LEARNING comes implicitly and in the strangest places when you’re in the Kingdom of God — open to what the Lord’s Spirit would seek to teach us through his disciples and others.
Conrad is, I believe, a disciple (not that that always matters). I met him at a family occasion to celebrate the Wedding of one of my nieces. Conrad is on the other side of the family — an uncle of the groom. He’s a cab driver. He’s done that for two decades. Cab drivers, in my experience of them, know how to tell a yarn. There is an implicit entertainer in most cab drivers, for my mind. And that’s my preconception as I entered into dialogue with Conrad. God was soon showing me a new thing. This was the gist of what he told me:
Steve, I told my kids, when they were 4 and 2, that they had to remember two things about school; two things only. (Then he spoke in the first person as if I were those children that very day…):
1. School is about fun. You’re going to see lots of new things at school; it’s going to be a lot of fun. They will take you on outings, you’ll play lots of different games, special people will talk with you, and you will have a teacher who will guide you in how to have fun. School is about fun. (The imputation of Conrad’s idea of fun was that it was a serious form of fun — a safe and an appropriate form of fun: innocent fun that children enjoy. There’s nothing to fear about school if you believe deep down that you’re there to have fun.) And the best fun you can have is to ask questions. If you don’t know anything, shoot your hand up and ask the teacher. It’s their job to answer your questions. They want to answer your questions. So, if you don’t know something, anything, shoot your hand up.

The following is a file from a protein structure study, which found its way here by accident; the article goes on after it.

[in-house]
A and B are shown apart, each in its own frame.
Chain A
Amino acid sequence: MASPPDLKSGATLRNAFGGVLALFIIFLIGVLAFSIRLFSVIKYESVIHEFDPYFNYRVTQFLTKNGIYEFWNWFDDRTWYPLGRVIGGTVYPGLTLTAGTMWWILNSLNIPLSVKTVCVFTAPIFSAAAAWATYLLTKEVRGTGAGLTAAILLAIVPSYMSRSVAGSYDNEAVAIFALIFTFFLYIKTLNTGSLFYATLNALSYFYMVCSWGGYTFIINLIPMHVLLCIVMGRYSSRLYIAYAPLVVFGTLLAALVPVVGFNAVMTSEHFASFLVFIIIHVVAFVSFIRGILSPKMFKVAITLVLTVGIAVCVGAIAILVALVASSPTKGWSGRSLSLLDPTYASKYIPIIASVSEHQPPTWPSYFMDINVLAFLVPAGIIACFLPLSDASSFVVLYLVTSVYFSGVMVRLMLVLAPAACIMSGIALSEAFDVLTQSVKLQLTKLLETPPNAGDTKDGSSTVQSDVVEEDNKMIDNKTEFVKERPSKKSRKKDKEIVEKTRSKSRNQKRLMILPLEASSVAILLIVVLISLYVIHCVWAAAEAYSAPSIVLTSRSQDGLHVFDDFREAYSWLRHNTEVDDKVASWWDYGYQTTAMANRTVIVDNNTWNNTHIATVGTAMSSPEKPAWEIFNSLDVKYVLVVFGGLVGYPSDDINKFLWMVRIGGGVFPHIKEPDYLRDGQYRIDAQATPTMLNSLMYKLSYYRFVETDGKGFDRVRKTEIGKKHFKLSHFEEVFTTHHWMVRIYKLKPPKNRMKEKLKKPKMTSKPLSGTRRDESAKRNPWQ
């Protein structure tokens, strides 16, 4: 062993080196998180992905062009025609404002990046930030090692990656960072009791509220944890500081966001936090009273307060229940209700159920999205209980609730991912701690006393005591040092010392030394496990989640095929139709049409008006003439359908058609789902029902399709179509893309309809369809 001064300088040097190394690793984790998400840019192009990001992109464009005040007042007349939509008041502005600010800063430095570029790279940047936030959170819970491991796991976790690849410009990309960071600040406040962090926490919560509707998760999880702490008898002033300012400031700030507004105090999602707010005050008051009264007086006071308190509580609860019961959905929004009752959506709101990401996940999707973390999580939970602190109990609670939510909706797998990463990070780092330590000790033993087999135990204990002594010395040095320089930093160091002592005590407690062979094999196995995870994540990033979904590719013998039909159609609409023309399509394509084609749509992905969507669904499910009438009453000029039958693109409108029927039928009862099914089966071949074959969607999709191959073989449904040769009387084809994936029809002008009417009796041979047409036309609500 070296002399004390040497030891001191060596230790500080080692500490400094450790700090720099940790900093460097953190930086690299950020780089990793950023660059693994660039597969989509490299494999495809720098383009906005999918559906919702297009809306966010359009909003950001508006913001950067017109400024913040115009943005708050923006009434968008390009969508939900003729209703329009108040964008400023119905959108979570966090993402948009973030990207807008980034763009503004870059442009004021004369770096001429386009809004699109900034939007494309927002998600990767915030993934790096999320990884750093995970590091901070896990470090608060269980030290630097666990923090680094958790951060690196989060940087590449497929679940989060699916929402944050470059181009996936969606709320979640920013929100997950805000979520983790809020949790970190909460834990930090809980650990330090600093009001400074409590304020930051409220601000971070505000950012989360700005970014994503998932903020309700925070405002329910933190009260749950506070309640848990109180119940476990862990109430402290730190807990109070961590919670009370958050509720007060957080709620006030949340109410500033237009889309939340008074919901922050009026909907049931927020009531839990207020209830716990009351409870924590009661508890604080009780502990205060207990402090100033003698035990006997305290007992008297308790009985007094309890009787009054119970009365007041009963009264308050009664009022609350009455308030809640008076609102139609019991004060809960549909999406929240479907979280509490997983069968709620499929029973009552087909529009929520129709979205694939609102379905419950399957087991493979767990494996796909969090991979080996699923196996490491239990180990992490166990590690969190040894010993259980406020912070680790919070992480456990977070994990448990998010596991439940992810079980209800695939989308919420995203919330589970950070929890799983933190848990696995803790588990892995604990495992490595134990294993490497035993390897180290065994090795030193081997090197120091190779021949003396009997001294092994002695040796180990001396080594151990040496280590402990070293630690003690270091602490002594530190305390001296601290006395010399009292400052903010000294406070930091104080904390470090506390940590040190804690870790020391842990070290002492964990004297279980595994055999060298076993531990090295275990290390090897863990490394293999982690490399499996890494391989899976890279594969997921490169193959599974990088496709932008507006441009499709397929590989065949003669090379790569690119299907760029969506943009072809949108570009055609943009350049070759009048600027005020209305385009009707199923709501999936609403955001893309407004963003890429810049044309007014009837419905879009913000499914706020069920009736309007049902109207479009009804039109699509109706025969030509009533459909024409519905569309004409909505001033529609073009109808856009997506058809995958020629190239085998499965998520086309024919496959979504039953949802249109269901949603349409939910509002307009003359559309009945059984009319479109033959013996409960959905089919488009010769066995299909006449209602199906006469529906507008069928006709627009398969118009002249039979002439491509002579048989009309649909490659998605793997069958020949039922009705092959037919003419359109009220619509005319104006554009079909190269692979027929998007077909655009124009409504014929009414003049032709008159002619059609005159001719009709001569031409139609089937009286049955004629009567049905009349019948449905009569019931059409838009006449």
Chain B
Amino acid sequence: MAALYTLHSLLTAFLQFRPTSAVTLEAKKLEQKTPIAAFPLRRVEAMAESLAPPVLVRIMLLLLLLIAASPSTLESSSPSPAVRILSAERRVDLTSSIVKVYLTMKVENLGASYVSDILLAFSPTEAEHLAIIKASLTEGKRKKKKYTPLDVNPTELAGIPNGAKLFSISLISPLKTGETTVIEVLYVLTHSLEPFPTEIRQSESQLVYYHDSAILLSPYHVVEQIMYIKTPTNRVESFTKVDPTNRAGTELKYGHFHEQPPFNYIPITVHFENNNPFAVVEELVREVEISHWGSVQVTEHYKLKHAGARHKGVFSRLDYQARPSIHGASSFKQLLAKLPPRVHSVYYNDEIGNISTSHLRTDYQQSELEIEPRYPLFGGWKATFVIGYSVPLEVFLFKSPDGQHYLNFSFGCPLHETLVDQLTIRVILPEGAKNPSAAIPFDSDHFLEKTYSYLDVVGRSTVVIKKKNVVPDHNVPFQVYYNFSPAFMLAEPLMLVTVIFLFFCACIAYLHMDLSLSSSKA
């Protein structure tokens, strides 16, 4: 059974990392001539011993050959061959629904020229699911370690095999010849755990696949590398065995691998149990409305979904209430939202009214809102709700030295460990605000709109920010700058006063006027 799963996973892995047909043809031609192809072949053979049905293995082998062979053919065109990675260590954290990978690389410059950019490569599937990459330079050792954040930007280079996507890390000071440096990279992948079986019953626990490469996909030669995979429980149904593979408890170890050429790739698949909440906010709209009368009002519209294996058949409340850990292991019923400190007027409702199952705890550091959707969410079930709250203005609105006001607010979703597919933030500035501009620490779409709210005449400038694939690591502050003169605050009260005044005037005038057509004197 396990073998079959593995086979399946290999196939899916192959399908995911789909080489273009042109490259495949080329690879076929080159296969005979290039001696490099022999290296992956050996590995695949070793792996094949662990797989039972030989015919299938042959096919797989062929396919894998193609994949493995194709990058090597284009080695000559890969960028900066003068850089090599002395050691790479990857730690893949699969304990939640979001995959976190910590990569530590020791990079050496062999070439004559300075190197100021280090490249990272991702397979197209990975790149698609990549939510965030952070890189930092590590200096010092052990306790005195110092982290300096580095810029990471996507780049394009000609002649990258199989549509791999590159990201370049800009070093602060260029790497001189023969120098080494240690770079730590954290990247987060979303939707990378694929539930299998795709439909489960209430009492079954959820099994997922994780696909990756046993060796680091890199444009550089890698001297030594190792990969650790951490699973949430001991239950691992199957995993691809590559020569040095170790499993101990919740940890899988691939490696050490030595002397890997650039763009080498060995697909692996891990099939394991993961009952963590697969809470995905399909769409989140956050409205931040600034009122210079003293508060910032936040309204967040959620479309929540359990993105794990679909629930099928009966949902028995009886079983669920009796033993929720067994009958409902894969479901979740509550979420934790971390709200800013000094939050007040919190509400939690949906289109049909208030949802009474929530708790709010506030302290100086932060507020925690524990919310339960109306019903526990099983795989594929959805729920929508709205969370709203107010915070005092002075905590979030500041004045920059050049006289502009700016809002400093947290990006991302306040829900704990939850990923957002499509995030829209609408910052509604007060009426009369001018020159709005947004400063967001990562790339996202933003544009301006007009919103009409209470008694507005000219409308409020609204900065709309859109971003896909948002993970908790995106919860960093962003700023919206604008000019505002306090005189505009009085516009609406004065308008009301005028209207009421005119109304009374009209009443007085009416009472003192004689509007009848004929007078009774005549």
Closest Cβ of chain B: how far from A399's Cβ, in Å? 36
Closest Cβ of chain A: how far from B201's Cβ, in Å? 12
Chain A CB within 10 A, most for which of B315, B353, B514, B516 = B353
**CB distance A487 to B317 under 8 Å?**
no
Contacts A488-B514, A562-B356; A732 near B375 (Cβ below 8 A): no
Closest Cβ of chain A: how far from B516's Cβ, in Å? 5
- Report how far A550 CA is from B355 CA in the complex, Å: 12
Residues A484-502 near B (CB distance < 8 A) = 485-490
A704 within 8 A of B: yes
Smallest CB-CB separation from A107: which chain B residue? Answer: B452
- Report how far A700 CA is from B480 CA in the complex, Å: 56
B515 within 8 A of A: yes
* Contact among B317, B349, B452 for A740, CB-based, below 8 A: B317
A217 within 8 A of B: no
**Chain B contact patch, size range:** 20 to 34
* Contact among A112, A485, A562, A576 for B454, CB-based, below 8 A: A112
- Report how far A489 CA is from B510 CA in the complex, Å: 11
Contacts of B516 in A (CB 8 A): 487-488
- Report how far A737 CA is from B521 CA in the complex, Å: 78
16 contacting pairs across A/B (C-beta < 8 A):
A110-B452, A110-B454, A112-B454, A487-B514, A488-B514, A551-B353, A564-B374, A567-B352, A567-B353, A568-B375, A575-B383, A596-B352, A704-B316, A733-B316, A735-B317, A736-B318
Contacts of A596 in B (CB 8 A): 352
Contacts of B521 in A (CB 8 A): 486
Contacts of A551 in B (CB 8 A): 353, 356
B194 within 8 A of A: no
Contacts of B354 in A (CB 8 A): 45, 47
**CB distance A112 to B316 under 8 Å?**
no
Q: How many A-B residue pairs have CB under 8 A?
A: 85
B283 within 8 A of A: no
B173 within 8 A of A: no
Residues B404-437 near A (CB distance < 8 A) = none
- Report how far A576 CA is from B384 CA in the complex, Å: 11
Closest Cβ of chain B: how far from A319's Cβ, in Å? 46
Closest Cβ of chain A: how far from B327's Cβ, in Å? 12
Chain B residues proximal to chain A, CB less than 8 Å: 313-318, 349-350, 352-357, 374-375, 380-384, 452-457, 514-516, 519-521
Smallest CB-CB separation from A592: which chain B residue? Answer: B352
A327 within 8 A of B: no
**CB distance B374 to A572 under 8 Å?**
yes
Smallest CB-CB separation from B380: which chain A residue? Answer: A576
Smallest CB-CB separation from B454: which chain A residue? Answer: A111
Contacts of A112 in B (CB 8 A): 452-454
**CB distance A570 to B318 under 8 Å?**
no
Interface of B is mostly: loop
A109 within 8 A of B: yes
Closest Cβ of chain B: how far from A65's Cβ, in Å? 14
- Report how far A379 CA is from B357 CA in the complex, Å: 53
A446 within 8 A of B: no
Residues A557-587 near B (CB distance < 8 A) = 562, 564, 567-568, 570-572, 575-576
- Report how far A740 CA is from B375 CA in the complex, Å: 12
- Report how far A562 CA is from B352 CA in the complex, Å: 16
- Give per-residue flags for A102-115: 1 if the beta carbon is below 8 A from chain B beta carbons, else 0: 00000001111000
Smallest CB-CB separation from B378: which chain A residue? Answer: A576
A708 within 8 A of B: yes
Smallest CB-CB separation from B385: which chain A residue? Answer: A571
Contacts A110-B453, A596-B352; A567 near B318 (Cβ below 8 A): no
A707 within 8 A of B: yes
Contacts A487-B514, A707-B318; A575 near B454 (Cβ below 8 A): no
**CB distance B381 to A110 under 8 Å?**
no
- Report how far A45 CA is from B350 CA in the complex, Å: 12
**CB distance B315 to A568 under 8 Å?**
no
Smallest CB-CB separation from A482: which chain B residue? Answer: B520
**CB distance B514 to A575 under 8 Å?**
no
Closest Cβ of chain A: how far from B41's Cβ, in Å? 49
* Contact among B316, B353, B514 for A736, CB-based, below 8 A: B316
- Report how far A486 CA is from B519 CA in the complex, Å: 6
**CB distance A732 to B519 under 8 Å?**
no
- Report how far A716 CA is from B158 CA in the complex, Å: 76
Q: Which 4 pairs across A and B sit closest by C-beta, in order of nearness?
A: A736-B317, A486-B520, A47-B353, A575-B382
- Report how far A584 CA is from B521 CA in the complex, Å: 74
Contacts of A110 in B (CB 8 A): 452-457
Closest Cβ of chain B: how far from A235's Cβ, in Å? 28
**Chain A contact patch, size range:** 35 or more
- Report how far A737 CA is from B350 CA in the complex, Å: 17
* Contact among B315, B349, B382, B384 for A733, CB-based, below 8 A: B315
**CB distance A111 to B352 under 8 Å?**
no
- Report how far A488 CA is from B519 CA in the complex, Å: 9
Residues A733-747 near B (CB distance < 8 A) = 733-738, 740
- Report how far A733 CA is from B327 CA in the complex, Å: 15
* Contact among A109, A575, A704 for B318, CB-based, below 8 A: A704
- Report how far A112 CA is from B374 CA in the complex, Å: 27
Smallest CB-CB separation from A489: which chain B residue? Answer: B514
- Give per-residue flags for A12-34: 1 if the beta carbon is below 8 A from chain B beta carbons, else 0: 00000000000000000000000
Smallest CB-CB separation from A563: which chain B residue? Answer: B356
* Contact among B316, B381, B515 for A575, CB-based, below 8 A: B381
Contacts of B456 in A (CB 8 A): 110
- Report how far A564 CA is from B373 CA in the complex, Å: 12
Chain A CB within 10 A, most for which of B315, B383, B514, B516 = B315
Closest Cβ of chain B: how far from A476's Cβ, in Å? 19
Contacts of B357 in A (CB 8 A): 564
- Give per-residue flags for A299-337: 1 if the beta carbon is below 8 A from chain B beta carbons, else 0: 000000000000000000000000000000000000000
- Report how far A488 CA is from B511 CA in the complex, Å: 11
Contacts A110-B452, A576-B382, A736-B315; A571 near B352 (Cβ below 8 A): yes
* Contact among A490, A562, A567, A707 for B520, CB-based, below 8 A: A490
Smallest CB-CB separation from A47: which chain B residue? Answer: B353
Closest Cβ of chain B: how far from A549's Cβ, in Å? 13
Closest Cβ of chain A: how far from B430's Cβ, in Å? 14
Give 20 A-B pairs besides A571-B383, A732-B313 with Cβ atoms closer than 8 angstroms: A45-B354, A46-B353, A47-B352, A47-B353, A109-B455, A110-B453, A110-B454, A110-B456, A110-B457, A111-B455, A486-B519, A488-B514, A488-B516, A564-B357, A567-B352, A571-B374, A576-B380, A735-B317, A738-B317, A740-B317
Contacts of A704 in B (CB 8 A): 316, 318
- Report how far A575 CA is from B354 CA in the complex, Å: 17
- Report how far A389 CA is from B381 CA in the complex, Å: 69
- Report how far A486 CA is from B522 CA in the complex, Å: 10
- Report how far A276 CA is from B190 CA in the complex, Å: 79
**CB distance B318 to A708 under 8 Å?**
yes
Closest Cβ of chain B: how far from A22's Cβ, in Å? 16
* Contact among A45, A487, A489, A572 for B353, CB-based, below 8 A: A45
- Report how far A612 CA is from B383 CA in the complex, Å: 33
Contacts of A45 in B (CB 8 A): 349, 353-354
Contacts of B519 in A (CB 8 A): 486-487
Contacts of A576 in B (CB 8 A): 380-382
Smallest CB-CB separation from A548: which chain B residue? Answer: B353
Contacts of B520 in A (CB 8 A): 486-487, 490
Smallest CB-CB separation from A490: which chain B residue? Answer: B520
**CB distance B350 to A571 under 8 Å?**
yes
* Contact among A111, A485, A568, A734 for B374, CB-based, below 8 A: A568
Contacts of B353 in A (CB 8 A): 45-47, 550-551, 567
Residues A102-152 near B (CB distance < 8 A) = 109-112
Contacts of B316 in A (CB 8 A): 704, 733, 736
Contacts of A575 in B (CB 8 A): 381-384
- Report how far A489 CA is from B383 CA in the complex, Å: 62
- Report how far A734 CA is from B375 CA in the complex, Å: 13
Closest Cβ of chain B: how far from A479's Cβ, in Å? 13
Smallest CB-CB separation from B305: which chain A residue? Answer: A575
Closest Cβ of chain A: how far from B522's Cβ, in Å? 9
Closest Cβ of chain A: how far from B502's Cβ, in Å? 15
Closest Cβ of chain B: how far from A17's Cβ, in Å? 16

2. The second thing is to get the teacher’s questions right — as much as you can — remembering that getting things right is all part of the fun. The more you answer the teacher’s questions right, the more fun you have. But, Dad, how do we do that — how do we get their questions right? Well, that comes back to the first point. Because you’ve asked questions every time you didn’t know something, you’re going to know enough to get the teacher’s questions right.
I’m sure Conrad kept reminding his two kids of his instructions; and a sort of oral tradition must have formed. Conrad encouraged his children to be curious, and curiosity was the ideal accompaniment to courage, for how many children learn not to put their hands up in fear they’ll be ridiculed for asking ‘silly’ questions. Conrad’s children had a father who got into their heads before fear could take hold.
What I liked most about this precious wisdom is Conrad’s inculcation of fun over fear, and diligence over drudgery, in his children. He groomed within them an idea of education being a good thing, a worthy thing, as something inherent to life.
How much better might our children do in their education if only the notion of fear were to be replaced with the notion of fun.
© 2016 Steve Wickham.